It’s difficult to assess the conformance of a shaft in the field. A standard shaft with a circular cross-section would most likely conform to the Rules unless there is evidence to the contrary (e.g., claims by the manufacturer which would indicate non-conformance, including advertising claims). However, a shaft which is not symmetrical in cross-section, such as an oval or rectangular shaft, would not normally be expected to conform to the Rules. Manufacturers of shafts with unique cross-sections should submit them to the USGA early in the development process, prior to production and marketing.

c. Attachment to Clubhead 

Appendix II, 2c requires that:

The shaft must be attached to the clubhead at the heel either directly or through a single plain neck and/or socket. The length from the top of the neck and/or socket to the sole of the club must not exceed 5 inches (127 mm), measured along the axis of, and following any bend in, the neck and/or socket.

Exception for Putters: The shaft or neck or socket of a putter may be fixed at any point in the head.

The most important points to remember here are that a club must only have one neck, that it must be “plain”, and, in order to restrict elaborate shapes and curves, the length of the neck is limited to 5 inches (127 mm). This measurement should be made in the same way as a bend in the bottom of a shaft (see Design of Clubs, Section 2a).

The majority of necks are designed to have the shaft inserted into them, and this normally avoids any confusion as to where the neck begins. However, if the neck is inserted into the shaft, the measurement should be taken from the end of the shaft.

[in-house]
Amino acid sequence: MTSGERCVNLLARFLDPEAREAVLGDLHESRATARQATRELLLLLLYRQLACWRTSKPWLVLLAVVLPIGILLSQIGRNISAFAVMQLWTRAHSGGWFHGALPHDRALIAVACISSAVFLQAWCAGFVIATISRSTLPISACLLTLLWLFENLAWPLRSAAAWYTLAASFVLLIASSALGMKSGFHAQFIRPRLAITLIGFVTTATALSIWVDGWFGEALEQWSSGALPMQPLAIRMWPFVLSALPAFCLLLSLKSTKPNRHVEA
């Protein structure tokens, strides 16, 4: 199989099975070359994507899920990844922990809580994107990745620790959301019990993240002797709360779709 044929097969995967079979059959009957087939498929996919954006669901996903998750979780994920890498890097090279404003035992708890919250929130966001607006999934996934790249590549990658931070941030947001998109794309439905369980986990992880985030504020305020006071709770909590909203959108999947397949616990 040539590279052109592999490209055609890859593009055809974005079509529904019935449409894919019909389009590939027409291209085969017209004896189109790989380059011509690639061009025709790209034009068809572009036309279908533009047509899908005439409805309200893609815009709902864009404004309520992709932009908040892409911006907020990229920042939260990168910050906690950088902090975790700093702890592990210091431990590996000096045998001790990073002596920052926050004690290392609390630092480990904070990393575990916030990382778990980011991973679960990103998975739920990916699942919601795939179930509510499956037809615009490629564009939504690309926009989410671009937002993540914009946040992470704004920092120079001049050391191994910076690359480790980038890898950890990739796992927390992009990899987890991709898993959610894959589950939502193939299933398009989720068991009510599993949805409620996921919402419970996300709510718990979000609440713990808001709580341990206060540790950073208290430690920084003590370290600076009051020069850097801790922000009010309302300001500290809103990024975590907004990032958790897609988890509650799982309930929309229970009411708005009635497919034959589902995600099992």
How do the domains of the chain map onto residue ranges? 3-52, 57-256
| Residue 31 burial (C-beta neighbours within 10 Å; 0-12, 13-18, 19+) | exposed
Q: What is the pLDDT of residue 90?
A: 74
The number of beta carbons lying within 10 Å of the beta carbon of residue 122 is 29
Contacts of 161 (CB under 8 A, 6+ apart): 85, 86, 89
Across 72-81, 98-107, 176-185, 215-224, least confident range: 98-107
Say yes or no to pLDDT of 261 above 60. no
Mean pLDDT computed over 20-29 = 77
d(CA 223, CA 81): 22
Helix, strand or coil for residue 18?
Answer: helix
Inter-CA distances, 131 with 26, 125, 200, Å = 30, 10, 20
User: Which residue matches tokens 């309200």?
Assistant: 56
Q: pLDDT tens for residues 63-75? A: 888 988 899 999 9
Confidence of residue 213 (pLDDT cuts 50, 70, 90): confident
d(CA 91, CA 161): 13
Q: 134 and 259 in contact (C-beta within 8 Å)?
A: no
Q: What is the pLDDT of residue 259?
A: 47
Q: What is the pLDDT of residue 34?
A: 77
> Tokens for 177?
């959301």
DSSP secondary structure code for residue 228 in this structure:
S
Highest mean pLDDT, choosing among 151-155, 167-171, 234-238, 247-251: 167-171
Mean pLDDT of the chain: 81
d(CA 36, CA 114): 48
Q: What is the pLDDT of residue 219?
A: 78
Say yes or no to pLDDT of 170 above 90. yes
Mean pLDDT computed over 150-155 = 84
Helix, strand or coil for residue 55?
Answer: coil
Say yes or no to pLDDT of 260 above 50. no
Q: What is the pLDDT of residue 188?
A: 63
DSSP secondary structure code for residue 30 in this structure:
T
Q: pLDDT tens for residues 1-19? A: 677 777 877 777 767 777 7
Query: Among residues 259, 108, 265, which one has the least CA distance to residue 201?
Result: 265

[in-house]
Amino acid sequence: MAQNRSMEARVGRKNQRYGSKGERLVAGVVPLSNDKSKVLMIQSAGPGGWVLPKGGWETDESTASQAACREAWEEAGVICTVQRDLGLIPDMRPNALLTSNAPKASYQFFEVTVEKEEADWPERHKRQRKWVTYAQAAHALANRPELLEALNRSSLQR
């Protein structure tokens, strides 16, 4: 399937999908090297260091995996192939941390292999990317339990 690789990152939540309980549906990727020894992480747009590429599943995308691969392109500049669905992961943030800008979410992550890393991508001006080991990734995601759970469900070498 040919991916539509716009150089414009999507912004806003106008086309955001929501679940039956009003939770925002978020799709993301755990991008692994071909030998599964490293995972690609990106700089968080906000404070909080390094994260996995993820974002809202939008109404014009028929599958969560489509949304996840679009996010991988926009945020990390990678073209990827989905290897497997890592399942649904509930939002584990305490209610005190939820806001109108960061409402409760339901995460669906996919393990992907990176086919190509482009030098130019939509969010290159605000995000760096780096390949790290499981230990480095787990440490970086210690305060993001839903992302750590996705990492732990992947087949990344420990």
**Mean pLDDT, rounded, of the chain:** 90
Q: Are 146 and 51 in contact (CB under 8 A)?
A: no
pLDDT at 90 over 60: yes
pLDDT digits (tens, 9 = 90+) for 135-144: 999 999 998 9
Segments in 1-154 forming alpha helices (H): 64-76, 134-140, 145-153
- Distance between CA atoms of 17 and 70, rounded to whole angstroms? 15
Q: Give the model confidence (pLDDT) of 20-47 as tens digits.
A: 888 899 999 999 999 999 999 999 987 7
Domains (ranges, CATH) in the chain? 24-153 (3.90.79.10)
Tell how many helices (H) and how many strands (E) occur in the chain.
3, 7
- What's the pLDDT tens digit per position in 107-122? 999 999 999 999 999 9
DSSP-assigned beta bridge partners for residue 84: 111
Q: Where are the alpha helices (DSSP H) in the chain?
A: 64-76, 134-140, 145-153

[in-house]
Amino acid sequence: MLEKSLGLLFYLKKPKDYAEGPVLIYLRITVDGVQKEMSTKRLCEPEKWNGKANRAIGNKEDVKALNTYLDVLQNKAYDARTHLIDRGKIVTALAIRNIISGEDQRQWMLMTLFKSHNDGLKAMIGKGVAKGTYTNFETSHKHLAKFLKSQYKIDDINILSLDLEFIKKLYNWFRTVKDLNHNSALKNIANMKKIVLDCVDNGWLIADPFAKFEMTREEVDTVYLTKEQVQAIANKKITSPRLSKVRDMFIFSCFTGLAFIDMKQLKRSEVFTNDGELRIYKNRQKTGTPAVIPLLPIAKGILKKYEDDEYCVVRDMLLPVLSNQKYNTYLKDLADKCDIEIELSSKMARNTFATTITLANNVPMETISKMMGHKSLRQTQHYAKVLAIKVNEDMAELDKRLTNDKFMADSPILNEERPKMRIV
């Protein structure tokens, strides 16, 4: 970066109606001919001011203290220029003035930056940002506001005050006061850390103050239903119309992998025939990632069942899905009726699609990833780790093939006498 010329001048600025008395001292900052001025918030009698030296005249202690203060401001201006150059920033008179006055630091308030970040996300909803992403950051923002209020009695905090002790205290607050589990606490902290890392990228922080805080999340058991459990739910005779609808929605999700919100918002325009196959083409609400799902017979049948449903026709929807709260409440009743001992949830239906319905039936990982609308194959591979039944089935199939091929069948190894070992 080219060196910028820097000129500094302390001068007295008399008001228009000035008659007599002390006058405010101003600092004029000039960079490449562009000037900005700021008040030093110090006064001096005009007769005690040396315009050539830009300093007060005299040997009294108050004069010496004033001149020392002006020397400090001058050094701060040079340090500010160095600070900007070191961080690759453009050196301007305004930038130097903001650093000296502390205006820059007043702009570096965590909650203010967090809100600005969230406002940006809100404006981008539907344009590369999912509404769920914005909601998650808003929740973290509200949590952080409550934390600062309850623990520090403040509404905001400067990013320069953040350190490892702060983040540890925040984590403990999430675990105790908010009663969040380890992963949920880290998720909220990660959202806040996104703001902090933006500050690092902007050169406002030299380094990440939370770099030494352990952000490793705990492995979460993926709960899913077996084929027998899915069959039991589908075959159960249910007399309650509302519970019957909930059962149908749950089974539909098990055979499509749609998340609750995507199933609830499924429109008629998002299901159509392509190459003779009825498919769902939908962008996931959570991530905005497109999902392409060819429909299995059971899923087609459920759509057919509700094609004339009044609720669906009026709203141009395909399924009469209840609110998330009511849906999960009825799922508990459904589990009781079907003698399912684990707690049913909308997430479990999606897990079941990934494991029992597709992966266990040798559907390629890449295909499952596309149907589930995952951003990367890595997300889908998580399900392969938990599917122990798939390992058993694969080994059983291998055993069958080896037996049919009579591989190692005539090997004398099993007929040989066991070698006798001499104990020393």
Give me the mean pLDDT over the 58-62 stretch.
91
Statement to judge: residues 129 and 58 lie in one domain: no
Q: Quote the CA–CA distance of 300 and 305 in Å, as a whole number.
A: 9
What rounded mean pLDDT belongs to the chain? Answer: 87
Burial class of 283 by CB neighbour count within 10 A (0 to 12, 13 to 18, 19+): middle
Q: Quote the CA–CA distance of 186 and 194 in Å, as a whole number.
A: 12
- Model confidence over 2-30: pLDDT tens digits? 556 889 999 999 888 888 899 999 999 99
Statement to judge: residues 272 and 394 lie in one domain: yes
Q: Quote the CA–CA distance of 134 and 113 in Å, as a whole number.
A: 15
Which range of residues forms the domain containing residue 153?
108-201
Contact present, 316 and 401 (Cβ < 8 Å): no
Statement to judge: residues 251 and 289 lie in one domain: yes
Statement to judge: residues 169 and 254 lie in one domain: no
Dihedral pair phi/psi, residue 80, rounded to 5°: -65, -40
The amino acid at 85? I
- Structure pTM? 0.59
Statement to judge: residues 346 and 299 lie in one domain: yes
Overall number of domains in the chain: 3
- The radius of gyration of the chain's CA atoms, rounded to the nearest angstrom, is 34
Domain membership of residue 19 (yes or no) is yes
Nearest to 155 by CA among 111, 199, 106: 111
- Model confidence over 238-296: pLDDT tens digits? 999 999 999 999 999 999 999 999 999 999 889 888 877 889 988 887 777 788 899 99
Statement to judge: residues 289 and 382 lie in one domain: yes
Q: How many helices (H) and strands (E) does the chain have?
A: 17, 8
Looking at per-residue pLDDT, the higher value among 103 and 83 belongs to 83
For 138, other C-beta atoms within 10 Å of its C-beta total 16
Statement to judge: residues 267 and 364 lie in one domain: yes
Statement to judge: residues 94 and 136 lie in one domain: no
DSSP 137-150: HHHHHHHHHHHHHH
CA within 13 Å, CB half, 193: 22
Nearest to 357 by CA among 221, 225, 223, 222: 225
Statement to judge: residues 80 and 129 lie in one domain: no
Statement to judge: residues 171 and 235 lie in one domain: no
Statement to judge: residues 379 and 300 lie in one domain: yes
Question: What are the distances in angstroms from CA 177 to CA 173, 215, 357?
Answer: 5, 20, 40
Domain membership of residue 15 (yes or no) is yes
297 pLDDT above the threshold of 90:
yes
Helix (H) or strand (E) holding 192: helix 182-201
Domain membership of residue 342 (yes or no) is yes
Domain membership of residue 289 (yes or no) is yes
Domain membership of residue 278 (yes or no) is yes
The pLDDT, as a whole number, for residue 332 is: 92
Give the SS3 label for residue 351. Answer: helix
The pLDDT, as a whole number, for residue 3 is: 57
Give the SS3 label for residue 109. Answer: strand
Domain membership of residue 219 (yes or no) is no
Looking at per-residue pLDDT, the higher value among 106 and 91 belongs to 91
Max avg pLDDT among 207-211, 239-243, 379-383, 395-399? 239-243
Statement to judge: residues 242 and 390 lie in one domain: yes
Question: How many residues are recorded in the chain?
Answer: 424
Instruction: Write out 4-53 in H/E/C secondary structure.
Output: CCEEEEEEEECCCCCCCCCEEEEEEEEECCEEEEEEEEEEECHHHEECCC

The interpretation of a "plain" neck has recently been clarified as follows:

All Clubs 

The neck must not be shaped for any purpose, other than connecting the shaft to the head in a traditional manner. While a neck may contain features such as an adjustability mechanism, a method for damping vibration or an alignment line, it must not be unusually shaped in order to house or accomodate such a feature. For example, in most cases, lines which have been painted or lightly engraved onto an otherwise plain neck are permitted. However, a neck designed specifically to accomodate such lines or marks would be considered non-conforming. Small scale features, on an otherwise plain neck, which are purely for decorative purposes, and could not effectively perform, or be used for, another purpose, may also be permitted.

Woods 

The above requirements also apply to woods. However, there is some accomodation for the transition area between the head of a wood and its neck. This transistion area must fit within a cylinder of a diameter and height of 1 inch (25.4 mm) measured from the base of the transition and parallel to the axis of the shaft. Any transition which satisfies this restriction should be permitted provided it does not contain any other non-plain feature (for example, holes or alignment bars).

NOTE: Some exceptions may be made for clubheads made of wood. Ferrules shaped to circumvent this interpretation are not permitted.

Figure 12 contains diagrams of various neck features which would not be considered “plain,” such as a putter which has multiple necks and a putter with a neck which is too long.

figure 12